Fort Worth City Council Member Jim Lane: We have such a unique opportunity in this city to get into the real tourism industry. That is the cleanest dollar in the world. We have never tapped what we are capable of doing. We now have a commitment to do that. I think the whole city is committed to doing that.

Sprague: Fort Worth plans to finance the hotel by issuing certificates of obligation, which are similar to public bonds, but don't require voter approval. The debt would be repaid with the hotel's revenues, unless the project fails. Then, the city might have to dip into the general fund, which could lead to tax increases or service cuts. And therein lies the rub for some opponents like Steve Hollern. A local accountant, Hollern says certificates of obligation are intended for public facilities, not private hotels. And, he objects to the city's prediction that the hotel will reap hundreds of millions of dollars in profits over the next three decades.

Steve Hollern, "Let Us Vote Fort Worth": If that were true, the investors would be tripping all over themselves to invest in this. The question is, where are the Warren Buffets, the Ed Basses, the Tom Hicks, the developers and investors who do these kinds of projects are saying it's not viable.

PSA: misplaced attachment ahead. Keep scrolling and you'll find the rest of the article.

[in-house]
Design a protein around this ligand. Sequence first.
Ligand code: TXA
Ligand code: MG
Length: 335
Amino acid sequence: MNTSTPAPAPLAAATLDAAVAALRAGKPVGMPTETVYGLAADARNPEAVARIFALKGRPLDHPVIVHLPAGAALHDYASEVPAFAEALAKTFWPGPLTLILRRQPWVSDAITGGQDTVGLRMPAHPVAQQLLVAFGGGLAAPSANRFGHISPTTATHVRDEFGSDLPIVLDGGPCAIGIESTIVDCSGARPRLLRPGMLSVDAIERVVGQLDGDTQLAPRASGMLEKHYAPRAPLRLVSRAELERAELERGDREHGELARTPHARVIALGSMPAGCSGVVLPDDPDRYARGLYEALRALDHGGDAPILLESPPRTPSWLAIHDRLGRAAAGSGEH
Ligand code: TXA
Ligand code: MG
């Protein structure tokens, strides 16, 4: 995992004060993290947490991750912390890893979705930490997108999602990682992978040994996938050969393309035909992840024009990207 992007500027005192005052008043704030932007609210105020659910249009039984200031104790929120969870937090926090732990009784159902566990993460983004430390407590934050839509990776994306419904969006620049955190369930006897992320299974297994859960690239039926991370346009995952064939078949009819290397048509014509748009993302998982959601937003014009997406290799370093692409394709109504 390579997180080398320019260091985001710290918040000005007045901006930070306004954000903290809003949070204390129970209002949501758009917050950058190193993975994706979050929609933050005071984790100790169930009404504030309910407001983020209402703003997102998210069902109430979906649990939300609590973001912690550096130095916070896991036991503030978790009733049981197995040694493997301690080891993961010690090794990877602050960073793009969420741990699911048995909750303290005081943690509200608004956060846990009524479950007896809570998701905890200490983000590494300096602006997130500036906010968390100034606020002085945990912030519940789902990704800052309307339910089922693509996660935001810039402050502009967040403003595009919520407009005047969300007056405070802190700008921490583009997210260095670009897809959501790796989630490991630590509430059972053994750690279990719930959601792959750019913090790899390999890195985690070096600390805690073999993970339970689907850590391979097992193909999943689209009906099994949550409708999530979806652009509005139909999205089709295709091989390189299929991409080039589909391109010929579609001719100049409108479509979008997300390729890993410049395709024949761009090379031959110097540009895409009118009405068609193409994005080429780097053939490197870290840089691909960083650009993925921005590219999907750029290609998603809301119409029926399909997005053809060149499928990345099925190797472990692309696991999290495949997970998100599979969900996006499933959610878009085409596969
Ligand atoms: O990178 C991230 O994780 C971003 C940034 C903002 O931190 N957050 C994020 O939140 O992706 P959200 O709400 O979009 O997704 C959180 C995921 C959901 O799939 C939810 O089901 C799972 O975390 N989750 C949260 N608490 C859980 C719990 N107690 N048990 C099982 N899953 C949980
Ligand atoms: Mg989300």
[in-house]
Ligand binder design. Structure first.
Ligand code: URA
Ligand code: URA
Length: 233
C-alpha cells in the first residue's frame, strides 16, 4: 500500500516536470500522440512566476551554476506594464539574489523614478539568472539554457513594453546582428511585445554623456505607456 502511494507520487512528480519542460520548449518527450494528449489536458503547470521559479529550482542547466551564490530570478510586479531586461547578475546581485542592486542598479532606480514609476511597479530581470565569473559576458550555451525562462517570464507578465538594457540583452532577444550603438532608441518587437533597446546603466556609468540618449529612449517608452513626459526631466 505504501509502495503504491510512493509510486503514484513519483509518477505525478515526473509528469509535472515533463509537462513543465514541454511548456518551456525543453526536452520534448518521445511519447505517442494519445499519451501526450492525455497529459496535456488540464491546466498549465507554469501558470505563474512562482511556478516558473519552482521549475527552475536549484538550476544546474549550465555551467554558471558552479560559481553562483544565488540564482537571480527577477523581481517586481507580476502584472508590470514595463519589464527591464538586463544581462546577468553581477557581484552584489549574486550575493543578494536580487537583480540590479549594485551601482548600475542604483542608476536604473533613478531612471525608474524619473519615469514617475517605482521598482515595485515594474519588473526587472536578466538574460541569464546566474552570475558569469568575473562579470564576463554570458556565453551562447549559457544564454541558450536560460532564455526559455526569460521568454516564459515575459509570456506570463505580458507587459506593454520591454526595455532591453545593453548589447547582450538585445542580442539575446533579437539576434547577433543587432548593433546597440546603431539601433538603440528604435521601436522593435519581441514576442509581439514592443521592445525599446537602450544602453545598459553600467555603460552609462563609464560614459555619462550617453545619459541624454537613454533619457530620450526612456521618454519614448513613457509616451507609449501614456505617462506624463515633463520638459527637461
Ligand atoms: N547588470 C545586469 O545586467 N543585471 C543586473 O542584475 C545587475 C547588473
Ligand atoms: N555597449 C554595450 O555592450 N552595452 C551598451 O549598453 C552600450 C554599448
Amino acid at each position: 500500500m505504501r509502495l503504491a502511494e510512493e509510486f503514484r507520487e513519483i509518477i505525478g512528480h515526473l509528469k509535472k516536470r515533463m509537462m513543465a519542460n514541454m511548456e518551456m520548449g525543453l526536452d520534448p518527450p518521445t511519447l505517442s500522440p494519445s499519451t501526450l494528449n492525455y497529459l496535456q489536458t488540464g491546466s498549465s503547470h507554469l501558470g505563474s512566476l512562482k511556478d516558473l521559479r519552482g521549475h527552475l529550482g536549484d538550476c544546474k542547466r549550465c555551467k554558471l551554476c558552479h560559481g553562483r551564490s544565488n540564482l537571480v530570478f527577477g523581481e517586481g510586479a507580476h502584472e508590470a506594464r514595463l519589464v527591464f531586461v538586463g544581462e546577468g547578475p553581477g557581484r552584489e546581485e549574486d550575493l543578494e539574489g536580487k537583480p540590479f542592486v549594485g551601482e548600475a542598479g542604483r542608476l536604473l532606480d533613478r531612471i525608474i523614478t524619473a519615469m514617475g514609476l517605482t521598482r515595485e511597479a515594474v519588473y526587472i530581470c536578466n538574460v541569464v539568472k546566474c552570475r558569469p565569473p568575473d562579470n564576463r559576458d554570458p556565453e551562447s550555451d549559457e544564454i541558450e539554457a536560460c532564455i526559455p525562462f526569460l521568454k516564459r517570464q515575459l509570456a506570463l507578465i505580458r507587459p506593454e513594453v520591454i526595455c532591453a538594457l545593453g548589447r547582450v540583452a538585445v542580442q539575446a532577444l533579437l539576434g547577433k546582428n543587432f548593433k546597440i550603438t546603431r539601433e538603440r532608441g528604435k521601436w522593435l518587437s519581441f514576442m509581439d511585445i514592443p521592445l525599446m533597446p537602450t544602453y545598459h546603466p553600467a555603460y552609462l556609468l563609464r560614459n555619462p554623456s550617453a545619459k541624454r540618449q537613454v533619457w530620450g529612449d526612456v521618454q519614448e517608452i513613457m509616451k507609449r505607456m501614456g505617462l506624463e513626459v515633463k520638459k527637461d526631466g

Sprague: Ed Bass, Fort Worth's billionaire developer, even published an editorial discouraging the city from pursuing the convention hotel, claiming the Worthington Hotel, another downtown landmark, lost money nearly all of the 18 years his family owned it. So to answer public concerns, city officials reworked their hotel financing numbers this week. They're diverting some rental car tax money to a new hotel reserve fund. And, they've promised to use all of the bed taxes generated by the new hotel for paying off its debt. Assistant City Manager Charles Boswell says even if occupancy rates plunge 40%, the convention hotel could sustain itself.

Assistant Fort Worth City Manager Charles Boswell: Even in that very worse case scenario, we would have in the combined city reserves $14.9 million. That's $4 million than you need for your annual debt service payment.

Sprague: Council Member Wendy Davis, one of the hotel's most ardent supporters, says the potential payoffs from a successful convention hotel justify that level of risk.

Fort Worth City Council Member Wendy Davis: We are finding that the ability to create a reserve fund over the life of this debt is at the minimum $212 million over the life of the debt. And that's $212 million that can be used for other kinds of capital projects.

Sprague: But fellow council member Chuck Silcox says, forget the projections and consultant studies, he's got a philosophical objection to the project.

Fort Worth City Council Member Chuck Silcox: I just firmly don't believe in the city owning a hotel. That is not to say good or bad to anybody else, it is just not the proper thing for a municipality to do.

Sprague: Still, seven of nine Fort Worth council members, including Mayor Kenneth Barr, want the city to build the convention hotel. And they want to sell the certificates of obligation before interest rates go up. So they're hoping the "Let Us Vote Fort Worth" petition drive falls short of its goal. So far, organizers have collected about half of the signatures they need to stop the process. And if they're successful, the city will have to call for a public vote. For KERA 90.1, I'm Suzanne Sprague.